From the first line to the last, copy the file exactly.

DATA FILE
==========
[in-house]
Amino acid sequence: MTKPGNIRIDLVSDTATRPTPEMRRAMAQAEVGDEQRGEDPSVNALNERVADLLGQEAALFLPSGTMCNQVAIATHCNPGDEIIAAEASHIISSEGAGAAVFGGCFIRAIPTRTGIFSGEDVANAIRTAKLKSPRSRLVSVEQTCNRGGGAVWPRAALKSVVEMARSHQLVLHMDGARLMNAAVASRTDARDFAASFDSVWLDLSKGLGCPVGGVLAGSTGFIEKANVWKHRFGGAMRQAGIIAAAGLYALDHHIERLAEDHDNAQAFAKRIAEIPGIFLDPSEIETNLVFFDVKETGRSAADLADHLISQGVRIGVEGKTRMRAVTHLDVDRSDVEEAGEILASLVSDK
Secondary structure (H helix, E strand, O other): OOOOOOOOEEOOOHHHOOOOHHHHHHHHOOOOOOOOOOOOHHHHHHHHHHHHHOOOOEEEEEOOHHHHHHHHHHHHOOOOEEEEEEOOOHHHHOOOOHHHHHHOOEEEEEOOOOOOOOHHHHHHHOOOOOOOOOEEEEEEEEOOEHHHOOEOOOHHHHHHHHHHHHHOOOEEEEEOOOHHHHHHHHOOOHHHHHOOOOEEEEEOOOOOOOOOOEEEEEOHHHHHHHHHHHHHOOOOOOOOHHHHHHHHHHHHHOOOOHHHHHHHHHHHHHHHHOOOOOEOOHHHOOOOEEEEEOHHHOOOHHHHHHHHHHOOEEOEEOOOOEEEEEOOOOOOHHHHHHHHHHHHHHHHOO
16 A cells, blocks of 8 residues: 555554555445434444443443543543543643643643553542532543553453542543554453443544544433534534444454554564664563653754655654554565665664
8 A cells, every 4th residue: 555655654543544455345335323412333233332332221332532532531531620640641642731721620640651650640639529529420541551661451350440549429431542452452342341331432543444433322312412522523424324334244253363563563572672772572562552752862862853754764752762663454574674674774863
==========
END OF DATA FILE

[in-house]
Amino acid sequence: MTKPGNIRIDLVSDTATRPTPEMRRAMAQAEVGDEQRGEDPSVNALNERVADLLGQEAALFLPSGTMCNQVAIATHCNPGDEIIAAEASHIISSEGAGAAVFGGCFIRAIPTRTGIFSGEDVANAIRTAKLKSPRSRLVSVEQTCNRGGGAVWPRAALKSVVEMARSHQLVLHMDGARLMNAAVASRTDARDFAASFDSVWLDLSKGLGCPVGGVLAGSTGFIEKANVWKHRFGGAMRQAGIIAAAGLYALDHHIERLAEDHDNAQAFAKRIAEIPGIFLDPSEIETNLVFFDVKETGRSAADLADHLISQGVRIGVEGKTRMRAVTHLDVDRSDVEEAGEILASLVSDK
Secondary structure (H helix, E strand, O other): OOOOOOOOEEOOOHHHOOOOHHHHHHHHOOOOOOOOOOOOHHHHHHHHHHHHHOOOOEEEEEOOHHHHHHHHHHHHOOOOEEEEEEOOOHHHHOOOOHHHHHHOOEEEEEOOOOOOOOHHHHHHHOOOOOOOOOEEEEEEEEOOEHHHOOEOOOHHHHHHHHHHHHHOOOEEEEEOOOHHHHHHHHOOOHHHHHOOOOEEEEEOOOOOOOOOOEEEEEOHHHHHHHHHHHHHOOOOOOOOHHHHHHHHHHHHHOOOOHHHHHHHHHHHHHHHHOOOOOEOOHHHOOOOEEEEEOHHHOOOHHHHHHHHHHOOEEOEEOOOOEEEEEOOOOOOHHHHHHHHHHHHHHHHOO
16 A cells, blocks of 8 residues: 555554555445434444443443543543543643643643553542532543553453542543554453443544544433534534444454554564664563653754655654554565665664
8 A cells, every 4th residue: 555655654543544455345335323412333233332332221332532532531531620640641642731721620640651650640639529529420541551661451350440549429431542452452342341331432543444433322312412522523424324334244253363563563572672772572562552752862862853754764752762663454574674674774863